Air Rarotonga

Introduction

Aviation and aircraft first had a presence in the Cook Islands as allied military forces deployed across the South Pacific islands on their way to eventually defeating Japanese forces during World War 2.

Coral runways were constructed and American bases established in the Cook Islands northernmost atoll Penrhyn, and another at Aitutaki. Although hostilities never reached the Cook Islands, Aitutaki became the temporary home to several thousand US Marines for the latter part of War. During this time the islands were visited by numerous military aircraft including Boeing B17 bombers, PBY Catalina and Sunderland flying boats, and the venerable DC3. High profile visitors to Aitutaki during that period included Eleanor Roosevelt, the wife of the then US President.

The war produced a wealth of experienced pilots and aviation expertise leading to the rapid post-war establishment of civil airlines expanding route networks around the World.

In New Zealand, the art of island hopping across the Pacific was born when Tasman Empire Airways Limited (TEAL) began operating the Coral Route in 1951.

The TEAL service started out as a mail route flying from Auckland to Fiji (7.30 hours) then to Samoa (3.45 hours), Cook Islands (Aitutaki 5.00 hours) and eventually Tahiti (4.05 hours).

The Coral Route became reknowned as the air route to exotic Tahiti and appealing to the rich and famous including a number of Hollywood stars.

The Shorts Solent flying boat carried a maximum of 45 passengers at 220 knots (400kph) in luxurious surroundings within 2 sound proof decks offering silver service dining, with meals cooked to order by an onboard chef.

In the Cook Islands the Solents touched down in the Aitutaki lagoon and moored near the small, uninhabited motu (islet) of Akaiami. After being ferried ashore to the wharf passengers would walk to a small thatched ‘terminal’ for refreshments while the aircraft was refueled for the next leg.

There were occasions where adverse weather or a mechanical problem required an overnight stay on the motu and word would be sent to the Aitutaki mainland after which a small flotilla of canoes and craft would set sail with kai kai ( an island feast), drummers and dancing girls to entertain the international guests.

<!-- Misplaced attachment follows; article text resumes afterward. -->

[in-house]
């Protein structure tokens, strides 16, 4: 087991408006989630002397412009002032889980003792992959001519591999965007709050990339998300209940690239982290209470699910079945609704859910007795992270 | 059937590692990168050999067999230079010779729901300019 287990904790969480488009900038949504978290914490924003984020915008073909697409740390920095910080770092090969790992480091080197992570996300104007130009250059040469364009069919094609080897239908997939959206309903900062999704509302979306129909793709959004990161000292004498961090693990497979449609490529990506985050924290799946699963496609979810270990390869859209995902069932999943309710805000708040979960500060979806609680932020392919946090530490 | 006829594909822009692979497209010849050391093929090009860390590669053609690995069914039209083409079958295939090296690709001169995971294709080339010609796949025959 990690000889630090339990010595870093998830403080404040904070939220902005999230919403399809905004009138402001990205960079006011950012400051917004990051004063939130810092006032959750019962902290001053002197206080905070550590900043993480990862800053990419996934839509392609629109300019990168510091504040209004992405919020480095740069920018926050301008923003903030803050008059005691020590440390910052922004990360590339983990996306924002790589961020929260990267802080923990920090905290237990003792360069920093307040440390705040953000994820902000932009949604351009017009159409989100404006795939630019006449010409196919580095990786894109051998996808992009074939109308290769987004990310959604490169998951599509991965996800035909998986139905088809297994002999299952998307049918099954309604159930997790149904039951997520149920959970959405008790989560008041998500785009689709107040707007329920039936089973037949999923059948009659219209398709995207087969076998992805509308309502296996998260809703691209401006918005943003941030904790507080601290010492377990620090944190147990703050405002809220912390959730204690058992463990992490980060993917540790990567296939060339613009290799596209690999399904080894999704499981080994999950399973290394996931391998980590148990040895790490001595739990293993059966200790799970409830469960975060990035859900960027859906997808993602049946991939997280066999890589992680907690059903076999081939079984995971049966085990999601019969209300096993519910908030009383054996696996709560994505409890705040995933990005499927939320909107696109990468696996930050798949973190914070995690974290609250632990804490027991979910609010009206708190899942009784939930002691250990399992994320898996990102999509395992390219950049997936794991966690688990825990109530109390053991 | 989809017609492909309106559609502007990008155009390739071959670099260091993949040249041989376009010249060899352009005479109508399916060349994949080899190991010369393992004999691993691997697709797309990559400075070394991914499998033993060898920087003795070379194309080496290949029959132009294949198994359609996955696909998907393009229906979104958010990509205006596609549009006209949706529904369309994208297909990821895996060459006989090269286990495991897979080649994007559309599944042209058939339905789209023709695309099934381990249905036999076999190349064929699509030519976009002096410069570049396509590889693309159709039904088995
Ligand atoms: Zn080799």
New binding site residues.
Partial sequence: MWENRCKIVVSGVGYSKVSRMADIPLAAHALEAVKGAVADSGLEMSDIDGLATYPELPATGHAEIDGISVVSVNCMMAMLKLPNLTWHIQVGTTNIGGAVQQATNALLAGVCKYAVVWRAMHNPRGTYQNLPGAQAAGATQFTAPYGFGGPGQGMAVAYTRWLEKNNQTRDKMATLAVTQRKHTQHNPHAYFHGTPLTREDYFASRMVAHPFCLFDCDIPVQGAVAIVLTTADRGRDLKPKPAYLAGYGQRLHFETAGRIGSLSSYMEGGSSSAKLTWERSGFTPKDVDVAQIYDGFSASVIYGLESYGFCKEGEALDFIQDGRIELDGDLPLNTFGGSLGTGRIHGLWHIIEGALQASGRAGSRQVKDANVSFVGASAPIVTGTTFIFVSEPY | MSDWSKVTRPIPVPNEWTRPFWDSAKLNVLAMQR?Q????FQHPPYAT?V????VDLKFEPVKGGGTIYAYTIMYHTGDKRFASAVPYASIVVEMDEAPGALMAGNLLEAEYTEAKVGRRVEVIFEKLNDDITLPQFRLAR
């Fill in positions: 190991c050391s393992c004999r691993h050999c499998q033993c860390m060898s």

Today the location of the old TEAL Terminal is host to a small resort run by the local land owners. In 1954 Douglas DC-6 land based aircraft replaced the Solent on the Auckland-Fiji leg with TEAL continuing to operate the Solent from Fiji onward to Tahiti until the last Solent IV Aranui ZK-AMO flew the Coral Route in September 1960. Today this grand old lady of the South Pacific is on permanent display at MoTAT, Western Springs, Auckland.

In the early 1960s the flying boat service was replaced by DC3s and later HS748 turboprops operated by Air Pacific and Polynesian Airlines. This service made a weekly circuit flying from Nadi (Fiji), Faleolo (Samoa) to Rarotonga and Aitutaki return. The short grass runway at Rarotonga limited the size of aircraft that could service the island and at times transport was provided from New Zealand by RNZAF Hercules aircraft.

On 4th November 1973 the Cook Islands entered the jet age when the first scheduled Air New Zealand McDonnell Douglas DC8 touched down at Rarotonga’s new international airport with it’s 2300 metre concrete runway.

The airport was later officially opened during a visit by H.M. Queen Elizabeth II in January 1974.

In 2003 Aitutaki Airport was upgraded with a sealed 1800 metre runway and night lighting.